« Art Critics' Reading List


Daphne Vitali is an art historian and curator who divides her time between Athens and Rome. She holds a Bachelor of Arts in art history from Camberwell College of Arts and a Master of Arts in contemporary art theory from Goldsmiths, University of London. Since 2005, she has worked at the National Museum of Contemporary Art in Athens (EMST), where she has curated numerous exhibitions and projects, including In Present Tense: Young Greek Artists, Expanded Ecologies: Perspectives in a Time of Emergency, and the new series EMST Commissions. She has also published essays about contemporary art and authored numerous artists catalogues.

Victor Burgin, Some Cities, London: Reaktion Books, 1996.

This book had an impact on me from the very first moment. It is a personal travelogue that features engaging black-and-white photographs and texts by Victor Burgin. A gifted writer as much as he is an artist, Burgin takes us through a visual and textual narrative of the cities he has known, starting with his birthplace in England to his present home in California. With a strong sensitivity and an acute look, he scans the streets and inhabitants of the cities and captures the essence of life in late-20th-century metropolises. Through his images of people, passers-by, architecture, public spaces and advertisements, Burgin raises questions about our relations with a city. Our relations with cities are like our relations with people, he says. “We love them, hate them or are indifferent towards them. His photographs of London, Berlin, Warsaw, Singapore, Woomera in South Australia and Tokyo are punctuated with witty thoughts and intimate descriptions, creating an urban essay that talks about sexuality in peoples everyday lives.

Paul De Bruyne & Pascal Gielen (eds.), Community Art: The Politics of Trespassing, Amsterdam: Valiz, 2011.

At a time when we are experiencing a worldwide boom in art projects characterized by an interaction or dialogue with a community, this anthology of texts about community art becomes of great use. Featuring theoretical viewpoints as well as artists testimonies, the book provides an awareness of what contemporary community practice stands for. Divided in four parts (Definitions, The Artists Voice, Rethinking Basic Concepts, and Public Sphere and Activism), each one includes numerous essays in order to provide an overall account of what community art is and how it came into being. With references to the ideas of leading contemporary political philosophers such as Antonio Negri and Michael Hardt, the concept of “common” is of essential relevance for this book. Moreover, the artists showcased in this volume critically evaluate their own practice by acknowledging the limitations of art. This book explores community art practices of artistic and social movements in Western and non-Western societies.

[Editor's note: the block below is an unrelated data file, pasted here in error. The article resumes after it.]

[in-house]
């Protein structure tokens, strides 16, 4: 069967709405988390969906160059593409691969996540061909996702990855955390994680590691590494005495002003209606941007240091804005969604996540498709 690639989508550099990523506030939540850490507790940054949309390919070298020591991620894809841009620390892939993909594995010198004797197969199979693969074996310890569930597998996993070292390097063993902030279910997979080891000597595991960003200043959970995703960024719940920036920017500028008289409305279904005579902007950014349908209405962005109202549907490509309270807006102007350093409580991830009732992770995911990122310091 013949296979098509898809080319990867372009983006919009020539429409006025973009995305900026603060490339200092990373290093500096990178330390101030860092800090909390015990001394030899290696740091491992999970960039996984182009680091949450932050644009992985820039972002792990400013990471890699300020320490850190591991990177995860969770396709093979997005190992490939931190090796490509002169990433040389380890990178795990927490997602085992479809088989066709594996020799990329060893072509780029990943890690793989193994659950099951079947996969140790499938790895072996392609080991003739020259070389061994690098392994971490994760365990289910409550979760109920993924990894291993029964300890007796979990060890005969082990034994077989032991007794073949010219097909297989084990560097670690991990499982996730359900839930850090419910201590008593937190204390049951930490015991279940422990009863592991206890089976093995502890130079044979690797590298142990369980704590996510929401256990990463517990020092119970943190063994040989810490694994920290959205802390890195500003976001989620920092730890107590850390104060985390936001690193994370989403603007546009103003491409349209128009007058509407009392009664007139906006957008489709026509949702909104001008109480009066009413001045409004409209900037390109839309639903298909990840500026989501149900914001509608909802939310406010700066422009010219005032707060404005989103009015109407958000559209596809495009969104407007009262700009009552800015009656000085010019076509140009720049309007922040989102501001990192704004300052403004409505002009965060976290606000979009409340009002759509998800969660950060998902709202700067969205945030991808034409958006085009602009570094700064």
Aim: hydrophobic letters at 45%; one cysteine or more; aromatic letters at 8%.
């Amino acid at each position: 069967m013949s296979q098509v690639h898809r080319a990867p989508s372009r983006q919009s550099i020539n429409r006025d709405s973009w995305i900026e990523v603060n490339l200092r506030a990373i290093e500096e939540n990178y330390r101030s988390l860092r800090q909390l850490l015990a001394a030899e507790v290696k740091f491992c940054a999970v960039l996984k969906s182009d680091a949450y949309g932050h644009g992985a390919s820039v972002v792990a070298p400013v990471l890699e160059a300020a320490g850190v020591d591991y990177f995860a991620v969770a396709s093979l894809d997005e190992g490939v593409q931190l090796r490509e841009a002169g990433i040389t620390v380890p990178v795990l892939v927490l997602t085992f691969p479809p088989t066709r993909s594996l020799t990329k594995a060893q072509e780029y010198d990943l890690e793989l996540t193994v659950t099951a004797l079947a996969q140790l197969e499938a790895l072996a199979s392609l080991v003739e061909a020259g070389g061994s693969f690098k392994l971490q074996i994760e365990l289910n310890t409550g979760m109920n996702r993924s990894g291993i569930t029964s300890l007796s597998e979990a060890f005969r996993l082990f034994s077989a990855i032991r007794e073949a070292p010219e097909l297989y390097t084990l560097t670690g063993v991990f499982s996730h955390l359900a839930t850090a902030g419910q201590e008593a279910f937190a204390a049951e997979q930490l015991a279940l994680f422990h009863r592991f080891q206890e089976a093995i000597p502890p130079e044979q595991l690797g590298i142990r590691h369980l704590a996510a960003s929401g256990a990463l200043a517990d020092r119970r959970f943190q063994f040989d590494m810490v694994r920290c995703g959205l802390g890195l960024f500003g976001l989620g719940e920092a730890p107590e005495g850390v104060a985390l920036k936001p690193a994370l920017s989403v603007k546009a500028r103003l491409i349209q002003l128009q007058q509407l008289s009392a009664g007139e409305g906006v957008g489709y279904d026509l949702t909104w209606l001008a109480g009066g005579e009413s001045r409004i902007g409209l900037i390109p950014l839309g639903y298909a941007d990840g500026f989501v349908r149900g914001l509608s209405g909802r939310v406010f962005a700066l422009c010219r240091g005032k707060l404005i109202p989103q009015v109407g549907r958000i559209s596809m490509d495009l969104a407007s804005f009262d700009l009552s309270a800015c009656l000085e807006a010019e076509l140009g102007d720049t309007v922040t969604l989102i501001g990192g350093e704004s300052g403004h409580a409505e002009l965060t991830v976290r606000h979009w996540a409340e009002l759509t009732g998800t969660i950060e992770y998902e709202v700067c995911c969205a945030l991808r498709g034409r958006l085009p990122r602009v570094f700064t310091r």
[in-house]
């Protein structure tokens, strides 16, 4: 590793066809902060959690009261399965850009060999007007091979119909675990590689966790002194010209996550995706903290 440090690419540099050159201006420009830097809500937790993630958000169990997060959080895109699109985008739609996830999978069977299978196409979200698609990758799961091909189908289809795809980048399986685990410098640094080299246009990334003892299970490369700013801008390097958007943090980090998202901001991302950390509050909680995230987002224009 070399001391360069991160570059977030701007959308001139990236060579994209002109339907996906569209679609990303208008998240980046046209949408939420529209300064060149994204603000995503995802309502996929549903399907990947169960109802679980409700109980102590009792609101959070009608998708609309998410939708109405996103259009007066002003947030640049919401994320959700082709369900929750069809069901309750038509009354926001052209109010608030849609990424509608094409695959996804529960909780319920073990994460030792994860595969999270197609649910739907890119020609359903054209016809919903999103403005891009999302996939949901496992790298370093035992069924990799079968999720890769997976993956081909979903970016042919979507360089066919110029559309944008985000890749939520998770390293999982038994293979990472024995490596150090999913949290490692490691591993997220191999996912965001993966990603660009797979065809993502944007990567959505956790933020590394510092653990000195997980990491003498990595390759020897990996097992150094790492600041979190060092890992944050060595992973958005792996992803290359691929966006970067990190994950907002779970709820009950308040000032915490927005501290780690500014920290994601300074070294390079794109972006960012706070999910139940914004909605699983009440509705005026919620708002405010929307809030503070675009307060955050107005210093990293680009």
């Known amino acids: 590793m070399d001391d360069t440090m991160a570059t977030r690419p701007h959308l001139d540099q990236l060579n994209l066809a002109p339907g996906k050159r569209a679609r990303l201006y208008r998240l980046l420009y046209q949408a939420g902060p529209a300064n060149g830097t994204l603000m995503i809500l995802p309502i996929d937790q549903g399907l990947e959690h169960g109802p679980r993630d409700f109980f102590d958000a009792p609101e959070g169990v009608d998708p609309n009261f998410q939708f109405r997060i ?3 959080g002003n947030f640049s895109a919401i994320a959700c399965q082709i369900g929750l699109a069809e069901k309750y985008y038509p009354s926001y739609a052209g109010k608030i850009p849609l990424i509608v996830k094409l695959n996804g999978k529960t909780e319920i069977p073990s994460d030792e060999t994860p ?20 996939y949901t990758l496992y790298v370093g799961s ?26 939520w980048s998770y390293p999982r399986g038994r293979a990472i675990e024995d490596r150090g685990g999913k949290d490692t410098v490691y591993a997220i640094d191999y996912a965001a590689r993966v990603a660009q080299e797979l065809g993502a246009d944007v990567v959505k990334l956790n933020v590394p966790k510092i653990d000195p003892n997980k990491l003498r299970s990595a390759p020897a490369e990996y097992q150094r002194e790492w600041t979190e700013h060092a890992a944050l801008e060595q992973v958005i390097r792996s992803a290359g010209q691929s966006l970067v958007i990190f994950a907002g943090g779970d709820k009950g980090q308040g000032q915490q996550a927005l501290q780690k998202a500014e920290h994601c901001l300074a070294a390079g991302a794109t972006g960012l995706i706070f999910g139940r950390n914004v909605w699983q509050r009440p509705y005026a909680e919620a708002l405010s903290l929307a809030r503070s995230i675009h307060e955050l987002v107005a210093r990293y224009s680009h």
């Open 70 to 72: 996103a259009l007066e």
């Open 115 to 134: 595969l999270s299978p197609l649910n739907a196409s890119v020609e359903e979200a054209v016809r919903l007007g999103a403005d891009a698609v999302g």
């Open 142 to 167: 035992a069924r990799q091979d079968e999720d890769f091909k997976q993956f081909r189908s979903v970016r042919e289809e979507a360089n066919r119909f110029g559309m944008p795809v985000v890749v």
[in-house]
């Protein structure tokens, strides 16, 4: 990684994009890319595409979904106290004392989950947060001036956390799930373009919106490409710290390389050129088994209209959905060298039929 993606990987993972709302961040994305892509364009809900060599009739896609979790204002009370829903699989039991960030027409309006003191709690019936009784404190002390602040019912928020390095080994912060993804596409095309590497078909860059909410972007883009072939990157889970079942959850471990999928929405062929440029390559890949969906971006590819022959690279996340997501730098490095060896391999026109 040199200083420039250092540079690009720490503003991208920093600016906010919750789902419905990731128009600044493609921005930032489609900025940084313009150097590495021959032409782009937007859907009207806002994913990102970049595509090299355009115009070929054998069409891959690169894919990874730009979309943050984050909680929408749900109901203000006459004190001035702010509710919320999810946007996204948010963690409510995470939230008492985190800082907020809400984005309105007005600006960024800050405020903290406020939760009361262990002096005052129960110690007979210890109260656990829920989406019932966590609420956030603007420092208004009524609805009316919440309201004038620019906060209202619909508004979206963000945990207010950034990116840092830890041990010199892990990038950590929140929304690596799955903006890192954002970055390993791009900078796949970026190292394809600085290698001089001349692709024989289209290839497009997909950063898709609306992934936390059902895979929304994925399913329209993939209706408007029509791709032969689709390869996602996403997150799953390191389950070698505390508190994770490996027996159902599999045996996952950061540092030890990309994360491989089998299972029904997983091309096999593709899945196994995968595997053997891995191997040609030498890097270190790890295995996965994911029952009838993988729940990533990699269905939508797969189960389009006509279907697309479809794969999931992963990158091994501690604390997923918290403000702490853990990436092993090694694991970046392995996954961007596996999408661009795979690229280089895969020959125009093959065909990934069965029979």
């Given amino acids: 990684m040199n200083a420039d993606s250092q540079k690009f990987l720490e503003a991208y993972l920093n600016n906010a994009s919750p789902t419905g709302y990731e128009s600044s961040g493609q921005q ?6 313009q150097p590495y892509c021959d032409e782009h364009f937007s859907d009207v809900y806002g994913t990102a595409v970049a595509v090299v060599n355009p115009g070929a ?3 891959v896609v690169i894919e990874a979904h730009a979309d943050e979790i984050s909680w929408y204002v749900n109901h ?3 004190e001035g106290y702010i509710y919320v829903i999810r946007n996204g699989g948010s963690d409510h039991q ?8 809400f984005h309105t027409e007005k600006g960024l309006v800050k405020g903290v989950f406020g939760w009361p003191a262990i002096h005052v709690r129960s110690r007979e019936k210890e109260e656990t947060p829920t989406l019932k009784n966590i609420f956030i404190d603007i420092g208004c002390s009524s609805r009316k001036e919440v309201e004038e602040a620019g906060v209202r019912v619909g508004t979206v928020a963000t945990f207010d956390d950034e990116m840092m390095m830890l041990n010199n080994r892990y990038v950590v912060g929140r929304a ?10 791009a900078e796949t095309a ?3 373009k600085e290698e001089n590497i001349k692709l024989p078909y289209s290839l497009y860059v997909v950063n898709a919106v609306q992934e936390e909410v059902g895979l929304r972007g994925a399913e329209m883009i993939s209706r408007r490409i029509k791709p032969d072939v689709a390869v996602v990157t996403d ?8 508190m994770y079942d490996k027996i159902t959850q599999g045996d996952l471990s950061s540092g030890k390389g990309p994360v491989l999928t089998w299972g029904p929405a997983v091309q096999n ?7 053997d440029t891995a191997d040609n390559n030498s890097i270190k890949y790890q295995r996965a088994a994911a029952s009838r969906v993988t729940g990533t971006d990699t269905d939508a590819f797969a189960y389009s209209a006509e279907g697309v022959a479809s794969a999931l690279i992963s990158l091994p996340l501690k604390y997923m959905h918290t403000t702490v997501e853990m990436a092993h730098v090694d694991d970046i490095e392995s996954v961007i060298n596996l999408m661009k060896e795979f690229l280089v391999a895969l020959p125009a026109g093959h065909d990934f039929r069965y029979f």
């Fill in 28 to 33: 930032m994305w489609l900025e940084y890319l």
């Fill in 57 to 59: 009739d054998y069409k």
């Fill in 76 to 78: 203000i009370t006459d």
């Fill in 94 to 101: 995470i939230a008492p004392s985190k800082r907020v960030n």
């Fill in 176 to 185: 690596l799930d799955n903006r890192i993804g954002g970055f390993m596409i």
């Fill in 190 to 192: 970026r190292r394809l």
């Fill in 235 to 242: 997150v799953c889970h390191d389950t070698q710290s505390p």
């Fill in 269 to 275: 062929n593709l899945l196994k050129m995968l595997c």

It’s a Poor Sort of Memory that Only Works Backwards: On the work of Johan Grimonprez, Ostfildern: Hatje Cantz, 2011.

This publication provides a critical tool for looking at Johan Grimonprezs works from 1992 to the present, bringing together interviews with the artist, critical texts and commentaries by an international range of writers, film critics, curators, artists and philosophers, as well as fragments of his film scripts. This anthology of essays explores characteristic themes of Grimonprezs ingenious film essays, such as the contemporary fear industry, globalization, the notion of the “other” and the “double,” as well as the relationship between history and the present, capitalism and communism, and television and film. These insightful essays invite the reader to reflect upon the multidimensional and critically acclaimed films of this brilliant artist, who challenges the audiences perception by unwrapping the hidden dimensions of our mediatized culture. It’s a must-have book for those interested in Grimonprezs complex and sophisticated visual works, which are at the intersections of art and cinema, fiction and documentary, and theory and practice.